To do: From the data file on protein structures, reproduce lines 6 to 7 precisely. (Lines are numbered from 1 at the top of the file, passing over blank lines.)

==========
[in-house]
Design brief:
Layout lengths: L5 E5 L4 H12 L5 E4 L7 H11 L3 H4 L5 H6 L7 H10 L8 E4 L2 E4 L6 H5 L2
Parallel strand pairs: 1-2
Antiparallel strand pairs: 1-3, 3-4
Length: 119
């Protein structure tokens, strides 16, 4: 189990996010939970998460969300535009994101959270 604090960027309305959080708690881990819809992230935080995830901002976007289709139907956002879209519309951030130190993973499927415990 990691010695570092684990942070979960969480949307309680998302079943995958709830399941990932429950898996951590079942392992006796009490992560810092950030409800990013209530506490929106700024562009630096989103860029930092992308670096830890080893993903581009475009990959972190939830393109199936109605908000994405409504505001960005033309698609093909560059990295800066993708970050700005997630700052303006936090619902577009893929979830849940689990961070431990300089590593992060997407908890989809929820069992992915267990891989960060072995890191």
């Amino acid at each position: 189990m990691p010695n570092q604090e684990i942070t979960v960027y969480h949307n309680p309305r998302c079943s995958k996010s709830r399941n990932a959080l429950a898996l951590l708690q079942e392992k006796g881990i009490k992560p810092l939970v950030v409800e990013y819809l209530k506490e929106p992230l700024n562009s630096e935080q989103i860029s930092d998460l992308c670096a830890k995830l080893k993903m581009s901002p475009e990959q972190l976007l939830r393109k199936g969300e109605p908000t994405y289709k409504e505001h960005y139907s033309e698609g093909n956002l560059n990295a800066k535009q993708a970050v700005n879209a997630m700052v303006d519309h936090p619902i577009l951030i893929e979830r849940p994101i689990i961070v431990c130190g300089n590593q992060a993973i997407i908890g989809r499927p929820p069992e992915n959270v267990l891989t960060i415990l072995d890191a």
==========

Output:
Length: 119
């Protein structure tokens, strides 16, 4: 189990996010939970998460969300535009994101959270 604090960027309305959080708690881990819809992230935080995830901002976007289709139907956002879209519309951030130190993973499927415990 990691010695570092684990942070979960969480949307309680998302079943995958709830399941990932429950898996951590079942392992006796009490992560810092950030409800990013209530506490929106700024562009630096989103860029930092992308670096830890080893993903581009475009990959972190939830393109199936109605908000994405409504505001960005033309698609093909560059990295800066993708970050700005997630700052303006936090619902577009893929979830849940689990961070431990300089590593992060997407908890989809929820069992992915267990891989960060072995890191």